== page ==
Truss’s warmongering rhetoric is empty, antagonistic – and wildly dangerous

Show caption US troops headed to Kandahar in 2014: ‘By then, 453 British soldiers were dead, at least £27bn of taxpayers’ money had been spent and Helmand had to be rescued by American marines.’ Photograph: Wakil Kohsar/AFP/Getty Images Opinion Truss’s warmongering rhetoric is empty, antagonistic – and wildly dangerous Simon Jenkins The potential PM’s plan to cut benefits and boost defence spending merely serves her craving for the theatre of conflict Fri 26 Aug 2022 09.00 BST Share on Facebook

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Was anything learned? On the first anniversary of Britain’s defeat in Afghanistan there is only silence. The previous defeat in Iraq saw a searing public inquiry in 2016. It concluded that Iraq had posed “no imminent threat”. The war was “unnecessary”, and based on dodgy intelligence, dubious legality and feeble attempts at avoidance. But Iraq was the “bad” war. Afghanistan was always the “good” one. Hence no public inquiry.

Afghanistan was the worst fiasco of British foreign policy since Suez. Eager to curry favour with George W Bush in his craving for revenge for 9/11, Tony Blair lost his senses and went on a post-imperial romp. Under Nato auspices and using mercenaries from the Northern Alliance, the Taliban were driven south out of Kabul in 2001. Strategists including America’s secretary of state Colin Powell and defence secretary Donald Rumsfeld warned against “owning” and “nation-building” Afghanistan. But with “mission accomplished”, Bush and Blair could not resist. The US was to spend an estimated $1tn there in an effort to create a westernised colony, a monument to democratic values in the heart of Muslim Asia.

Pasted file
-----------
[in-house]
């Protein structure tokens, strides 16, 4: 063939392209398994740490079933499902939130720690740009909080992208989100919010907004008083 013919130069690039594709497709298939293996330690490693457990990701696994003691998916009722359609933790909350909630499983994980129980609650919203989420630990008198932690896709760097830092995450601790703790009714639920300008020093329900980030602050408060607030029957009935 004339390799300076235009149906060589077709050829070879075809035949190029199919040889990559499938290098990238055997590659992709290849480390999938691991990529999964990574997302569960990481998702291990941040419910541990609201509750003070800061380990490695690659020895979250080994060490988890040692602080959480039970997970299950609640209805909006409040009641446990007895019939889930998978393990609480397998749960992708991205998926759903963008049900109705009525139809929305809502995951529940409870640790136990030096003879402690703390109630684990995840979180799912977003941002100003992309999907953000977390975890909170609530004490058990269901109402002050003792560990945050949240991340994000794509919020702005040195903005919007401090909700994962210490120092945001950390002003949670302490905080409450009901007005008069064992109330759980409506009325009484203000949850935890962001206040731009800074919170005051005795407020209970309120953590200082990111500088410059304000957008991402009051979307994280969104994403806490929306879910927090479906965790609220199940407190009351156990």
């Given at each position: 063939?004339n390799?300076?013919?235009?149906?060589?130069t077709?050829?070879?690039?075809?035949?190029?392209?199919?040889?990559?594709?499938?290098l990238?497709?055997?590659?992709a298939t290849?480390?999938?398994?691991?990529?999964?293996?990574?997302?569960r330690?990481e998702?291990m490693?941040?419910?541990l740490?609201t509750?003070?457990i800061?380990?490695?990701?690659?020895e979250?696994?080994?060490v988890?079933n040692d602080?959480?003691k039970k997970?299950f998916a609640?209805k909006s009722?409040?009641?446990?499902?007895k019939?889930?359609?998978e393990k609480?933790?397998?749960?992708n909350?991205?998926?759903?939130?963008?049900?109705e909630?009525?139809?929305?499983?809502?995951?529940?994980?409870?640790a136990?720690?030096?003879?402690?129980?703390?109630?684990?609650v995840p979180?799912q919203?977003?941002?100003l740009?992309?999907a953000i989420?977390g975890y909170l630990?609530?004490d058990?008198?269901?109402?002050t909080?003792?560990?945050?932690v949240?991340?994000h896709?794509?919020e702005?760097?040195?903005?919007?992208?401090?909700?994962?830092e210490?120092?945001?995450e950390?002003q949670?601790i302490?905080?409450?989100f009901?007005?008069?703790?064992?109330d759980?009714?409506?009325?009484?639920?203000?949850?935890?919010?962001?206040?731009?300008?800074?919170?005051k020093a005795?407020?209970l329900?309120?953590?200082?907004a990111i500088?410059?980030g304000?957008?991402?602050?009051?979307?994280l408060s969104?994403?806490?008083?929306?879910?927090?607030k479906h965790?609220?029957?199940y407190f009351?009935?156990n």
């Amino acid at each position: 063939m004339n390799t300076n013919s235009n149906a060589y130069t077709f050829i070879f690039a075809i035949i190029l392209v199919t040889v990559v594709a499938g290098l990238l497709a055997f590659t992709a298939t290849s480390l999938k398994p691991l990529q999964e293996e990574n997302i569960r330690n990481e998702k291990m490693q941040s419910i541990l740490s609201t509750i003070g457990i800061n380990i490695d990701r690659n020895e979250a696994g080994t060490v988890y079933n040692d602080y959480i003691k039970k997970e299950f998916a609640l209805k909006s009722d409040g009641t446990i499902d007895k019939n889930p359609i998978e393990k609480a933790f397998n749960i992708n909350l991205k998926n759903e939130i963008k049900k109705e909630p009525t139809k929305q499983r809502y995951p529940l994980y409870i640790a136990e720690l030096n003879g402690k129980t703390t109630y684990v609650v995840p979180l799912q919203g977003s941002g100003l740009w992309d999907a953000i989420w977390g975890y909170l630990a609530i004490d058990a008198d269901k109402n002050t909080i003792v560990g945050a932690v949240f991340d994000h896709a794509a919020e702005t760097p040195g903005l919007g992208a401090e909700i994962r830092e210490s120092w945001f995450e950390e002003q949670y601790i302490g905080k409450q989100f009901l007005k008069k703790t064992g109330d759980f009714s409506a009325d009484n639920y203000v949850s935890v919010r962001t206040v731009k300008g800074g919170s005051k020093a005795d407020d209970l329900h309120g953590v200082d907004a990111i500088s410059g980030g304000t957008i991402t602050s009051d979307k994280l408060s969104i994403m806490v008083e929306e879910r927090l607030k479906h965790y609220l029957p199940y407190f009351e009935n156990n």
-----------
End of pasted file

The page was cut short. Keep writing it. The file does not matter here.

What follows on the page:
The Afghanistan folly compressed into two decades the history of the British empire in Asia. My first visit in 2006 saw Kabul already starting to decompose. I recall standing at dusk on a fort overlooking the city next to a member of its new ruling class, a Swedish aid worker. He gazed into the seething gloom and sighed: “Oh why can’t Afghanistan be more like Sweden?” I choked.

At the time, 3,000 British troops were about to leave for Helmand province to drive out the Pashtun Taliban. The latter were prospering from the bizarre attempt of a British minister, Clare Short, to eradicate the Afghan opium crop. Poppy revenue then rose to a record $2.3bn, surely ranking Short as the most successful agriculture minister of all time.

Eight years later, 453 British soldiers were dead, at least £27bn of taxpayers’ money had been spent and Helmand had to be rescued by American marines. The waste was senseless and astronomical. Britain lingered on another seven years, enmeshing thousands of Afghans in the occupation. Last year, London ratted on them and fled. Now western sanctions are helping to cause mass starvation. Just as Afghan policy in 2001 was driven by revenge, so now it is driven by ignominy. Empires never last, but rarely has their demise been so awful.